EMNLP 2017: Conference on Empirical Methods in Natural Language Processing — September 7–11, 2017 — Copenhagen, Denmark.

emnlp2017

SIGDAT, the Association for Computational Linguistics special interest group on linguistic data and corpus-based approaches to NLP, invites you to participate in EMNLP 2017.

Invited speakers

Dan Jurafsky, Stanford University
"Does This Vehicle Belong to You”?
Processing the Language of Policing for Improving Police-Community Relations
Abstract TBA
Dan Jurafsky is Professor and Chair of Linguistics and Professor of Computer Science, at Stanford University. His research has focused on the extraction of meaning, intention, and affect from text and speech, on the processing of Chinese, and on applying natural language processing to the cognitive and social sciences. Dan's deep interest in NLP education led him to co-write with Jim Martin the widely-used textbook "Speech and Language Processing” (whose 3rd edition is in (slow) progress) and co-teach with Chris Manning the first massive open online class on natural language processing. Dan was the recipient of the 2002 MacArthur Fellowship and is a 2015 James Beard Award Nominee for his book, "The Language of Food: A Linguist Reads the Menu".
Sharon Goldwater, University of Edinburgh
Language learning in humans and machines: making connections to make progress
Abstract TBA
Sharon Goldwater is a Reader at the University of Edinburgh's School of Informatics, where she is a member of the Institute for Language, Cognition and Computation. She received her PhD in 2007 from Brown University and spent two years as a postdoctoral researcher at Stanford University before moving to Edinburgh. Her research interests include unsupervised learning for speech and language processing, computer modelling of language acquisition in children, and computational studies of language use. Dr. Goldwater co-chaired the 2014 Conference of the European Chapter of the Association for Computational Linguistics and is Chair-Elect of EACL. She has served on the editorial boards of the Transactions of the Association for Computational Linguistics, the Computational Linguistics journal, and OPEN MIND: Advances in Cognitive Science (a new open-access journal). In 2016, she received the Roger Needham Award from the British Computer Society, awarded for "distinguished research contribution in computer science by a UK-based researcher who has completed up to 10 years of post-doctoral research."
Nando de Freitas, University of Oxford
Learning to learn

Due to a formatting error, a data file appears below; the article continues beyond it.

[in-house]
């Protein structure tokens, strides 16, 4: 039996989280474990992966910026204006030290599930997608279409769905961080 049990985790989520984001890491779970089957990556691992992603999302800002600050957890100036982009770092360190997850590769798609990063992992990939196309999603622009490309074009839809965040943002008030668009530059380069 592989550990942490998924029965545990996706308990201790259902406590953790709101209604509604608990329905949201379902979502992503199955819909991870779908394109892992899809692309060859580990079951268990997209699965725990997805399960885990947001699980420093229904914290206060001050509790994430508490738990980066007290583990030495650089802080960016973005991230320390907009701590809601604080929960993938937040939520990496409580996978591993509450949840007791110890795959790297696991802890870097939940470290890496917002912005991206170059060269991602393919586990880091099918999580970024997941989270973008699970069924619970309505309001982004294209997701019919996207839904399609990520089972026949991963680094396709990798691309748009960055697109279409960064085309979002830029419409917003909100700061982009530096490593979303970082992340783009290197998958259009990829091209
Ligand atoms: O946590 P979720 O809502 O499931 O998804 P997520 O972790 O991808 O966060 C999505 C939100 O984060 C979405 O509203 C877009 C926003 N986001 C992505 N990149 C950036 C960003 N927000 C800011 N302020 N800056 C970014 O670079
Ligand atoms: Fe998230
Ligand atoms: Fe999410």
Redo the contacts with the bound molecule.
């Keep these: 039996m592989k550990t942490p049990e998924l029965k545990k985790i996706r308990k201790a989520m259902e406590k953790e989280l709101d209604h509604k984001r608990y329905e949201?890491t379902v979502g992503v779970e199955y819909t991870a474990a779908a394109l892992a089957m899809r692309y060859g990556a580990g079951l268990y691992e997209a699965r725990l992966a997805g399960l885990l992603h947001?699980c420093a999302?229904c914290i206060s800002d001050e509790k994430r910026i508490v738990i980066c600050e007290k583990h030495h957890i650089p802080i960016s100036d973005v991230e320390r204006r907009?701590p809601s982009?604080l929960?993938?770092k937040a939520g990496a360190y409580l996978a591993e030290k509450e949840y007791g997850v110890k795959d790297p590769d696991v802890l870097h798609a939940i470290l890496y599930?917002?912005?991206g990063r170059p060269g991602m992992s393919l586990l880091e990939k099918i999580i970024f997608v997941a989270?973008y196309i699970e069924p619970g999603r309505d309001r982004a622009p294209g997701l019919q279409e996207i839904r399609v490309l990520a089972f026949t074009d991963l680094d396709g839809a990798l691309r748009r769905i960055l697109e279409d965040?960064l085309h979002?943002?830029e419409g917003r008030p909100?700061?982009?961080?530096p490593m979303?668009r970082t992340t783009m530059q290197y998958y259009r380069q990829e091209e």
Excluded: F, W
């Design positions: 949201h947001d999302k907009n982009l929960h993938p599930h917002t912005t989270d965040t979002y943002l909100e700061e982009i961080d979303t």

Abstract TBA
I was born in Zimbabwe, with malaria. I was a refugee from the war in Mocambique and thanks to my parents getting in debt to buy me a passport from a corrupt official, I grew up in Portugal without water and electricity, before the EU got there, and without my parents who were busy making money to pay their debt. At 8, I joined my parents in Venezuela and began school in the hood; see City of God. I moved to South Africa after high-school and sold beer illegally in black-townships for a living until 1991. Apartheid was the worst thing I ever experienced. I did my BSc in electrical engineering and MSc in control at the University of the Witwatersrand, where I strived to be the best student to prove to racists that anyone can do it. I did my PhD on Bayesian methods for neural networks at Trinity College, Cambridge University. I did a postdoc in Artificial Intelligence at UC Berkeley. I became a Full Professor at the University of British Columbia, before joining the University of Oxford in 2013. I quit Oxford in 2017 to join DeepMind full-time, where I lead the Machine Learning team. I aim to solve intelligence so that future generations have a better life. I have been a Senior Fellow of the Canadian Institute for Advanced Research for a long time. Some of my recent awards, mostly thanks to my collaborators, include: Best Paper Award at the International Conference on Machine Learning (2016), Best Paper Award at the International Conference on Learning Representations (2016), Winner of round 5 of the Yelp Dataset Challenge (2015), Distinguished Paper Award at the International Joint Conference on Artificial Intelligence (2013), Charles A. McDowell Award for Excellence in Research (2012), and Mathematics of Information Technology and Complex Systems Young Researcher Award (2010).